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James Seidel, Troy Seidel, and Gravel Supply LLC (Defendants) appealed a judgment awarding the Estate of Leroy Seidel $68,958.75 relating to the Defendants’ sale of gravel from certain real property. Defendants argued Leroy Seidel did not own any gravel interests in the property because he had conveyed his interests to James Seidel in a 2008 warranty deed. After review, the North Dakota Supreme Court reversed and remanded, concluding Leroy Seidel indeed did not own any gravel or other surface mineral interests in the subject property. View "Estate of Seidel v. Seidel, et al." on Justia Law

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R & F Financial Services, LLC, appealed a district court order dismissing its claims against Cudd Pressure Control, Inc., and RPC, Inc., and granting Cudd’s and RPC’s counterclaims and cross claims. North American Building Solutions, LLC (“NABS”) and Cudd Pressure Control, Inc. (“Cudd”) entered into an agreement where Cudd would lease from NABS 60 temporary housing modules for employee housing. The terms of the Lease required Cudd, at its sole expense, to obtain any conditional use permits, variances or zoning approvals “required by any local, city, township, county or state authorities, which are necessary for the installation and construction of the modules upon the Real Property.” The Lease was set to commence following substantial completion of the installation of all the modules and was to expire 60 months following the commencement date. NABS assigned its interest in 28 modules under lease to R & F; NABS sold the modules to R & F by bill of sale. Cudd accepted the final 32 modules from NABS, to which R & F was not a party. RPC, as the parent company of Cudd, guaranteed Cudd’s performance of payment obligations to R & F under the Lease. The Lease was for a set term and did not contain an option for Cudd to purchase the modules at the expiration of that set term. At the time R & F purchased NABS’s interest in the Lease, it understood the purpose of the Lease was to fulfill Cudd’s need for employee housing. The County required a conditional use permit for workforce housing, and Cudd had been issued a permit allowing for the use of the modules as workforce housing. The City of Williston annexed the Property within its corporate limits. Thereafter, the City adopted a resolution that declared all workforce housing was temporary and extension of permits was subject to review. The City modified the expiration date policy and extended all approvals for workforce housing facilities to December 31, 2015, such that all permits would expire the same day. In December 2015, Cudd successfully extended its permit for the maximum time permitted to July 1, 2016. Cudd sent a letter to NABS stating that it viewed the Lease as being terminated by operation of law as of July 1, 2016. R & F argued the trial court erred in finding the Lease was not a finance lease and, in the alternative, that the court erred in finding the doctrines of impossibility of performance and frustration of purpose to be inapplicable. Finding no reversible error, the North Dakota Supreme Court affirmed. View "R & F Financial Services v. North American Building Solutions, et al." on Justia Law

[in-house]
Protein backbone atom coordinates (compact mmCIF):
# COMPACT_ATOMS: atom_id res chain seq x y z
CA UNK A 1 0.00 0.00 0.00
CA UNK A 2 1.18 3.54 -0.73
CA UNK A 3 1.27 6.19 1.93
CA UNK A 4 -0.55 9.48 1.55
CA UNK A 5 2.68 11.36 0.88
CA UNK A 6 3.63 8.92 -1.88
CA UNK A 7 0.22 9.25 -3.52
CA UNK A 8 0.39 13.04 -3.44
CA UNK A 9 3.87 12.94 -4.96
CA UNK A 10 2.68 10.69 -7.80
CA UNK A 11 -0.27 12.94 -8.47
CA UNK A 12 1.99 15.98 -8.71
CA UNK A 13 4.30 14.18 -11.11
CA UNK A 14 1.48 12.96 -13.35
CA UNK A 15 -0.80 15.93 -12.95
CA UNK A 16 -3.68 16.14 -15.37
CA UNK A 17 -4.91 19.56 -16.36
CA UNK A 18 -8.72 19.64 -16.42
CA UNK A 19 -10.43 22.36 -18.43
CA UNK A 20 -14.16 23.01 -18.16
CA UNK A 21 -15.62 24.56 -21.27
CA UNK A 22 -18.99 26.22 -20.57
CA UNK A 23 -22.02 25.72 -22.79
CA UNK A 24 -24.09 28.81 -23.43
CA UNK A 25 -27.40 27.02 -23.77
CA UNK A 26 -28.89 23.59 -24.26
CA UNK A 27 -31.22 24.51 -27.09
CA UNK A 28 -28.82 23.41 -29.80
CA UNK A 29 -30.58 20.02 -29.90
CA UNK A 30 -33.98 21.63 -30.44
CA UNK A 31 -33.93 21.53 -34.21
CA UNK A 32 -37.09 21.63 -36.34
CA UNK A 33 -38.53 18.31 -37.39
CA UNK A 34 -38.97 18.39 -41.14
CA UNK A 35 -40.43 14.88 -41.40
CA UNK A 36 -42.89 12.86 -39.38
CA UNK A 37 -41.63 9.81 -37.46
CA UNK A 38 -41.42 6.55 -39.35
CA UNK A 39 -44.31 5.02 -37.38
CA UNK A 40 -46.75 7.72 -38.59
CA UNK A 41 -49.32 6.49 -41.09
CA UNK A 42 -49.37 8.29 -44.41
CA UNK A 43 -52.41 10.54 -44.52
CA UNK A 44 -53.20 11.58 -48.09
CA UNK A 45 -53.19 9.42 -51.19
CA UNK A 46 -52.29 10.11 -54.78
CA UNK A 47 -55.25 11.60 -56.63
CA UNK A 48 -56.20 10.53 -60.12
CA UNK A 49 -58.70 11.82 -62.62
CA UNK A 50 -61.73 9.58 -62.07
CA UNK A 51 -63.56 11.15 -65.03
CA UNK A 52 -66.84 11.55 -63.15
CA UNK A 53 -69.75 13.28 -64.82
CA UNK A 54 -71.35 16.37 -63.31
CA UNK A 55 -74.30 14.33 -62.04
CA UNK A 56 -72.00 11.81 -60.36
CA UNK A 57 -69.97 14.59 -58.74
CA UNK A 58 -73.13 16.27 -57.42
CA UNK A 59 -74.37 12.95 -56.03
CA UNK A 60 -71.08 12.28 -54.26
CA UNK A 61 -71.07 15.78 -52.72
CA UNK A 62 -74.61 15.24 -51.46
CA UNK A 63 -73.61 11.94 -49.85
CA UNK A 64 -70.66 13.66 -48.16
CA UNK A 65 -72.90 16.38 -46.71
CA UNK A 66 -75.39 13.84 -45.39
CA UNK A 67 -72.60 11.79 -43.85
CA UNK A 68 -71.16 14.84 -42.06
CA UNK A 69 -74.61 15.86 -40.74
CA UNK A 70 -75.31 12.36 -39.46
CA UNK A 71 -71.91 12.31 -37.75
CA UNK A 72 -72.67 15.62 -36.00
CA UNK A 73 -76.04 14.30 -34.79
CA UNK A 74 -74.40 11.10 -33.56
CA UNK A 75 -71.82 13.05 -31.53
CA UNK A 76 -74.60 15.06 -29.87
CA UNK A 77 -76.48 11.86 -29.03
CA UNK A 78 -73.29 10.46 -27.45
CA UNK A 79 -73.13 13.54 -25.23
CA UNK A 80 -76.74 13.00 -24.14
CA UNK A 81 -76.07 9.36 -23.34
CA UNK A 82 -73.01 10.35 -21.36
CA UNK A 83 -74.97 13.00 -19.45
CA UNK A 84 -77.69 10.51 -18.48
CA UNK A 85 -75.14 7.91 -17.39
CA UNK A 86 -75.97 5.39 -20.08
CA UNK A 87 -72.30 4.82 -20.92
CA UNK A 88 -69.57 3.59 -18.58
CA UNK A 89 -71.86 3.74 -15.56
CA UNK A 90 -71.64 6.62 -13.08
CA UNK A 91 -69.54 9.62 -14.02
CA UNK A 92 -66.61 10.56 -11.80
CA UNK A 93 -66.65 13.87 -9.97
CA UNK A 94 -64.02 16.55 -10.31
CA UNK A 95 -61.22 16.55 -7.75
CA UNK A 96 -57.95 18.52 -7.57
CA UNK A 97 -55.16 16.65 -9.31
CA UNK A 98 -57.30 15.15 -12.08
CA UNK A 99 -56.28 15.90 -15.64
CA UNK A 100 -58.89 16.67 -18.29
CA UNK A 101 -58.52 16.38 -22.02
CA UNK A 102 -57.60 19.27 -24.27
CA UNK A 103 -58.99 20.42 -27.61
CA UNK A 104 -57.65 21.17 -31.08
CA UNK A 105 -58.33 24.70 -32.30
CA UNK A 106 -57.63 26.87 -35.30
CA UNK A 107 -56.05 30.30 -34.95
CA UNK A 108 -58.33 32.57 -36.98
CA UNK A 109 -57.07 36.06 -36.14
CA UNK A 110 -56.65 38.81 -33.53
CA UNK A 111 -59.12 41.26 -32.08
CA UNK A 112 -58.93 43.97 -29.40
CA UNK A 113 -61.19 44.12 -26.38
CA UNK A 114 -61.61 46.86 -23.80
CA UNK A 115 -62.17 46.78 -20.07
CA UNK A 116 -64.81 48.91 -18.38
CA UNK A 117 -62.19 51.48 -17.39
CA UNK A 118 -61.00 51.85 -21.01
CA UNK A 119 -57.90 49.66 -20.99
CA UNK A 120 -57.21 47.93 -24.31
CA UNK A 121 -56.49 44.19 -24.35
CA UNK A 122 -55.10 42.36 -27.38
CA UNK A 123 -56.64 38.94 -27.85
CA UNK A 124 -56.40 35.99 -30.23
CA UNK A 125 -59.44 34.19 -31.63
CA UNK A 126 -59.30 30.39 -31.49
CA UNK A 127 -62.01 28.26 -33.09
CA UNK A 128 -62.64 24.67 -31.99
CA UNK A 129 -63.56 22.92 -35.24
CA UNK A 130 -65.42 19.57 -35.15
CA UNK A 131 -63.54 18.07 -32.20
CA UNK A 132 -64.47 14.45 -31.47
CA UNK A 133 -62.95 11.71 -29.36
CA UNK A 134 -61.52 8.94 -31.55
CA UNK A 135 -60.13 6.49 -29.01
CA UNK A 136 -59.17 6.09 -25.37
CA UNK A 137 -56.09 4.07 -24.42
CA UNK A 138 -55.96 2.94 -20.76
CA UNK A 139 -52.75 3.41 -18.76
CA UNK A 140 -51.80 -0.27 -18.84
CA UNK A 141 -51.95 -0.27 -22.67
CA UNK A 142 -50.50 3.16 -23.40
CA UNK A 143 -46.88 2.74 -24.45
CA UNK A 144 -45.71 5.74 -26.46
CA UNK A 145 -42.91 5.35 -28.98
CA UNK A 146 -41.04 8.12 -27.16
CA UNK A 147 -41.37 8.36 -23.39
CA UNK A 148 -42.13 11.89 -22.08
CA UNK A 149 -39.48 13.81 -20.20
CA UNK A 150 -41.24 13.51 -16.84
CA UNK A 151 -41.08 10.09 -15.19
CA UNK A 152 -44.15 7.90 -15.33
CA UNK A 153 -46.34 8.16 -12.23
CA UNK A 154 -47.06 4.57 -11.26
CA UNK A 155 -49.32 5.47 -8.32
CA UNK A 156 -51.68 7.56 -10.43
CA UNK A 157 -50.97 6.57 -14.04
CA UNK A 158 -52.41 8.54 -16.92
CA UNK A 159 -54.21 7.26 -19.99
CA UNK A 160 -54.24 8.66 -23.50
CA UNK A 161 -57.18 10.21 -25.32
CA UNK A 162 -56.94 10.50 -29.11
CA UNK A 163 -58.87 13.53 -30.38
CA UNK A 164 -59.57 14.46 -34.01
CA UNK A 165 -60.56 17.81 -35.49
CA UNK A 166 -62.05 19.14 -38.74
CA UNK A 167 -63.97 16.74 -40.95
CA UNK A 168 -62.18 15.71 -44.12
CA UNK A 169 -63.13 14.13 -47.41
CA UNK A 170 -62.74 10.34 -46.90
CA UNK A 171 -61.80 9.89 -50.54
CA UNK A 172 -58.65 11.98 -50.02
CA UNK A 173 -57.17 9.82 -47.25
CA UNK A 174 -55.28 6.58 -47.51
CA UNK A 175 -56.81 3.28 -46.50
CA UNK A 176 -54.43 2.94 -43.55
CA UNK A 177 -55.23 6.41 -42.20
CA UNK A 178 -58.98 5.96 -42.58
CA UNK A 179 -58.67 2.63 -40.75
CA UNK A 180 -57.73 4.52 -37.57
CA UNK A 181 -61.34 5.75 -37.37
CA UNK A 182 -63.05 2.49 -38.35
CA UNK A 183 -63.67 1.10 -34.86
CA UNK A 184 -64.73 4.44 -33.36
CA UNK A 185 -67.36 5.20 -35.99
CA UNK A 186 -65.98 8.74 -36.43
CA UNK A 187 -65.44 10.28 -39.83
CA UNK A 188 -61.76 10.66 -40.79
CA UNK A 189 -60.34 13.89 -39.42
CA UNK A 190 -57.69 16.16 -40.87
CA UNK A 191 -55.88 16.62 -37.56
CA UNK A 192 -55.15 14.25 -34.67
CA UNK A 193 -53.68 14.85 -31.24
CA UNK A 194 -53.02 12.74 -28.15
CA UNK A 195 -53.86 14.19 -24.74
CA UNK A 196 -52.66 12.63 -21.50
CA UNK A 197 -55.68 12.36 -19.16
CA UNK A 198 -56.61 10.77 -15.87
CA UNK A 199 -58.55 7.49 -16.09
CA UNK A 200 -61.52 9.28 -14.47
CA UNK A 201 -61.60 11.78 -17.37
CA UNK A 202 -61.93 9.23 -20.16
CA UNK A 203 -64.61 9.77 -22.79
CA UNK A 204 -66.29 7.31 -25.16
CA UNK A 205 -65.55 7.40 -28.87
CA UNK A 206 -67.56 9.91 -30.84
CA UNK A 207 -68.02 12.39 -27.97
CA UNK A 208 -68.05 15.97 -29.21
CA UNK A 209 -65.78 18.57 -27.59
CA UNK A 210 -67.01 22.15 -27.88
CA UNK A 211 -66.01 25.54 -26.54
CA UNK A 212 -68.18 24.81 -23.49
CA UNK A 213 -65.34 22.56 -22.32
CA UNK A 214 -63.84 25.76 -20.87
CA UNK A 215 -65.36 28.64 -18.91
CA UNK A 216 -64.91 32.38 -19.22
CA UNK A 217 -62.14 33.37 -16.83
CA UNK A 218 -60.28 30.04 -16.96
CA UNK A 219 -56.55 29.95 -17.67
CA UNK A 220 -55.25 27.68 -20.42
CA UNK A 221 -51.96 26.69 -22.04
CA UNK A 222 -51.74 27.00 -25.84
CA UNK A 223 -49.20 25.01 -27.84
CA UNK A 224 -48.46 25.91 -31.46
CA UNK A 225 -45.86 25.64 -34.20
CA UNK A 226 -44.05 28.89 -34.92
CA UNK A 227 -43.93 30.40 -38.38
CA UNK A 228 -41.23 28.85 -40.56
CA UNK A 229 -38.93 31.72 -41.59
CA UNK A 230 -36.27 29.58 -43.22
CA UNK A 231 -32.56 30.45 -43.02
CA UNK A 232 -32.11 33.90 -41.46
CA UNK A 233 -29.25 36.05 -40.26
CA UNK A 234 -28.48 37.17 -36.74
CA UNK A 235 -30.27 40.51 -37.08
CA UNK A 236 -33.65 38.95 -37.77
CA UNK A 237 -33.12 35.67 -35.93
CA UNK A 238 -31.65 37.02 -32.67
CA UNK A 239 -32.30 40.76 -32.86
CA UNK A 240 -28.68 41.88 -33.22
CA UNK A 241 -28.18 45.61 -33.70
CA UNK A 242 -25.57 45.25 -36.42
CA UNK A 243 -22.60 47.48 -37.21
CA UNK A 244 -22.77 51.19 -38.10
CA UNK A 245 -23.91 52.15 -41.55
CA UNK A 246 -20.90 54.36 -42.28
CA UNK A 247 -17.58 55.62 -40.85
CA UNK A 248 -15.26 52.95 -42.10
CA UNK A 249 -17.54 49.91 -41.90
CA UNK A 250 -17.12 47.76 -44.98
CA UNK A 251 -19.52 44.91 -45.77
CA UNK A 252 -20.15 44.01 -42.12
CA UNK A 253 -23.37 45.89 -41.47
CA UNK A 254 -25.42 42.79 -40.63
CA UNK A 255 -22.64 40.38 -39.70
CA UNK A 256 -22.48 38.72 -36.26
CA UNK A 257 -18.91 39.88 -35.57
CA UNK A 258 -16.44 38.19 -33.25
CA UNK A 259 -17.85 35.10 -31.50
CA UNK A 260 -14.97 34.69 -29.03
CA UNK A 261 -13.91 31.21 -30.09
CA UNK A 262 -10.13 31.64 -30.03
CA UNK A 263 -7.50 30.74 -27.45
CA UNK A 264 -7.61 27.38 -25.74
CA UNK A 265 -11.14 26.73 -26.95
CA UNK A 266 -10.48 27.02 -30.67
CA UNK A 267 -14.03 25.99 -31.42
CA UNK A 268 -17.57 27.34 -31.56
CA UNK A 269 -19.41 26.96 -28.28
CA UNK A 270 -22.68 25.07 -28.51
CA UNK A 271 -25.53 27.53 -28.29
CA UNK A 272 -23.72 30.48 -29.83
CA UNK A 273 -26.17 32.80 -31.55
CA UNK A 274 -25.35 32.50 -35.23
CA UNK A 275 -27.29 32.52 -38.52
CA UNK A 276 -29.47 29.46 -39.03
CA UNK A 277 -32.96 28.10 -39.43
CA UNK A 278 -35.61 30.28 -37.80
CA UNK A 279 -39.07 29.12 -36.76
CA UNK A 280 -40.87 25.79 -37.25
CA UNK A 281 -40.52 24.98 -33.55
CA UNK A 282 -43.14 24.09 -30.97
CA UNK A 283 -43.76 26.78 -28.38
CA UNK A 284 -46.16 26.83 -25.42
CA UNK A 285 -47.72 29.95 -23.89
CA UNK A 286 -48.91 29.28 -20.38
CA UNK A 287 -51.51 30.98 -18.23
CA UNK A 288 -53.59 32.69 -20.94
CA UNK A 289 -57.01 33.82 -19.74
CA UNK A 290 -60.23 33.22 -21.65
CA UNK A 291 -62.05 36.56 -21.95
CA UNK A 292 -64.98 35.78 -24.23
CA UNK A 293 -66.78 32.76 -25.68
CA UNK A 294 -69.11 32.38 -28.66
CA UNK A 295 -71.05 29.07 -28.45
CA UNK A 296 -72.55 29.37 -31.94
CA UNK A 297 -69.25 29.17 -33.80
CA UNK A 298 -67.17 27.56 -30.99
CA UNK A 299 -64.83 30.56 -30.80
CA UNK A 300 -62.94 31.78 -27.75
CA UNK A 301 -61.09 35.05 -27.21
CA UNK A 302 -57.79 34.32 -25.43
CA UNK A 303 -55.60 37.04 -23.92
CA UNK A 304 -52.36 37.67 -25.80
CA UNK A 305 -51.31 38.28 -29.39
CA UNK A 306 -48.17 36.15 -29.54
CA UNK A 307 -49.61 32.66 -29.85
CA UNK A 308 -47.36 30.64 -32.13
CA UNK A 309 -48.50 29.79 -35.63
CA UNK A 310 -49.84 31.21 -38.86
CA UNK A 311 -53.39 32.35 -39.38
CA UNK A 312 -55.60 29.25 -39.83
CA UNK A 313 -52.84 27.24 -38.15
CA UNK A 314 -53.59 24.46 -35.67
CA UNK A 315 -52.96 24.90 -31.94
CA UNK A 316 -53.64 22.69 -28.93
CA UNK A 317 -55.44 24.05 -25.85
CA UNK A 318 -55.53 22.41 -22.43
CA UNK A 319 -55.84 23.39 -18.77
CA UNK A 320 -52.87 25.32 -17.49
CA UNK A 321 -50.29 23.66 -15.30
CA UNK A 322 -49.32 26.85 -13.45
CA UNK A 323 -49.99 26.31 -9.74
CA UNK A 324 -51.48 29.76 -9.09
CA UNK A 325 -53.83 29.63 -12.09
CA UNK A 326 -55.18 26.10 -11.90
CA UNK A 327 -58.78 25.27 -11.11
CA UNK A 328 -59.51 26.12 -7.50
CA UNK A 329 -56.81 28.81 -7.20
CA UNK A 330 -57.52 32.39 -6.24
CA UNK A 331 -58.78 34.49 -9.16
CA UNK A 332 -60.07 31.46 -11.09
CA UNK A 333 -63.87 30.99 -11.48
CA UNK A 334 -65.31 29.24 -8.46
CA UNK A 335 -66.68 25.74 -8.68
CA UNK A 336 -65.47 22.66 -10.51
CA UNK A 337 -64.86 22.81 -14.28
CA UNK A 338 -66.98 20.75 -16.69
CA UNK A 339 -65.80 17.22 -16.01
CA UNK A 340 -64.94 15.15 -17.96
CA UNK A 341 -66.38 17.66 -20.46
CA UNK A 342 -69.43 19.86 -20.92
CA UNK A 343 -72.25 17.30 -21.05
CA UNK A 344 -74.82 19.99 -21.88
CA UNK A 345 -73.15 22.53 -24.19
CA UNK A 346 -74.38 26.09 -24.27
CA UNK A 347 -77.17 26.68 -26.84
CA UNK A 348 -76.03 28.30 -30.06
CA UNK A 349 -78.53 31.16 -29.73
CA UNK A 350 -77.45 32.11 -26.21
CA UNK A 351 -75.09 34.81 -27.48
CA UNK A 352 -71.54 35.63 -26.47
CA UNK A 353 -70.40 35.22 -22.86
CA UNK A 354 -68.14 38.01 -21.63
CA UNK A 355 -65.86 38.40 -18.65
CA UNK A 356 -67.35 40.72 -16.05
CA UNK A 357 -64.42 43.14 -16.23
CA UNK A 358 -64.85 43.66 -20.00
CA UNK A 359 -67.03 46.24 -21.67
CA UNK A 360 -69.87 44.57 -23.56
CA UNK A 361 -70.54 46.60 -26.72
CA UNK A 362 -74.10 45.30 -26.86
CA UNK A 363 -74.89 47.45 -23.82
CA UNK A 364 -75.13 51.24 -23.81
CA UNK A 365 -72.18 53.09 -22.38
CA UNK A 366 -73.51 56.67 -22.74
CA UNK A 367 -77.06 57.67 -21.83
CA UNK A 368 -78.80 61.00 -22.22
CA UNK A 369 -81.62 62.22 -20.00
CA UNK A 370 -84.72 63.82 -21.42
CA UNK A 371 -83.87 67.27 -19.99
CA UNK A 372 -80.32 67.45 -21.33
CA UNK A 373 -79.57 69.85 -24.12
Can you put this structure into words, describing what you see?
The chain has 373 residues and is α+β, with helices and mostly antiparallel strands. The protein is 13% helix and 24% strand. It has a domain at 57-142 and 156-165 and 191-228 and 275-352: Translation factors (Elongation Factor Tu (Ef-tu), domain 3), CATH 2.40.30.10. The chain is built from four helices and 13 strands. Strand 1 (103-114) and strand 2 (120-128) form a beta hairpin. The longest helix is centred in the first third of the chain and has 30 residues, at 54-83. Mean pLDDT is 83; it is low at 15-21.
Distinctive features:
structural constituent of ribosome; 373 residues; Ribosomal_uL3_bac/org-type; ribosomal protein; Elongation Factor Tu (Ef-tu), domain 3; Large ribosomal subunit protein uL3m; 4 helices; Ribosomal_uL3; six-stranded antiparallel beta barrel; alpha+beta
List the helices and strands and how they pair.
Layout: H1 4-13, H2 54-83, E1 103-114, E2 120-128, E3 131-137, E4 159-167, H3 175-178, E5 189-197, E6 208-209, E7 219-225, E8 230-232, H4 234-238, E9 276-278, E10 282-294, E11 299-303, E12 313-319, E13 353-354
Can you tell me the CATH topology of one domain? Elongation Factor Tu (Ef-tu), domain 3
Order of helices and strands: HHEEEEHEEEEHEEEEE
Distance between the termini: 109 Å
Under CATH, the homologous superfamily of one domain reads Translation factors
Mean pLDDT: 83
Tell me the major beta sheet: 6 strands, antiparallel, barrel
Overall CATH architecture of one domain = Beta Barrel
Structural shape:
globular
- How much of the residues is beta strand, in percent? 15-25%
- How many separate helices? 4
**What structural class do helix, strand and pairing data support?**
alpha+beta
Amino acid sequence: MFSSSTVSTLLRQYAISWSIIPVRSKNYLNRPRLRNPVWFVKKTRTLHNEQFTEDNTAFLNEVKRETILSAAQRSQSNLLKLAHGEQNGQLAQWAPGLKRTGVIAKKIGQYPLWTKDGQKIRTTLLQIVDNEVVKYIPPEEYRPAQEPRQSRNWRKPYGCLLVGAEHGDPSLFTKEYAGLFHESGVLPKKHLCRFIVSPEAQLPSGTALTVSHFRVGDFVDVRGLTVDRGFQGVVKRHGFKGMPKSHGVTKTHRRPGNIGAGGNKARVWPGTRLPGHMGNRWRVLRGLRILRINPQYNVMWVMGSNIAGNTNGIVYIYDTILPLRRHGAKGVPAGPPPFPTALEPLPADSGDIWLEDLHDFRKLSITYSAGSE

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Riley Kuntz appealed the district court’s default judgment entered in his favor. Kuntz sued Ashlynn Leiss and Joseph Westbrook for trespass and theft of his cat trap. Neither Leiss nor Westbrook answered the complaint or otherwise appeared. Following an evidentiary hearing, the district court granted default judgment in favor of Kuntz. The court found a trespass and conversion of the cat trap had occurred. The court awarded Kuntz a money judgment for conversion of the cat trap, but found he did not suffer any actual damages as a result of the trespass. Kuntz argues the district court erred by denying his damages for trespass. Finding no reversible error, the North Dakota Supreme Court affirmed. View "Kuntz v. Leiss, et al." on Justia Law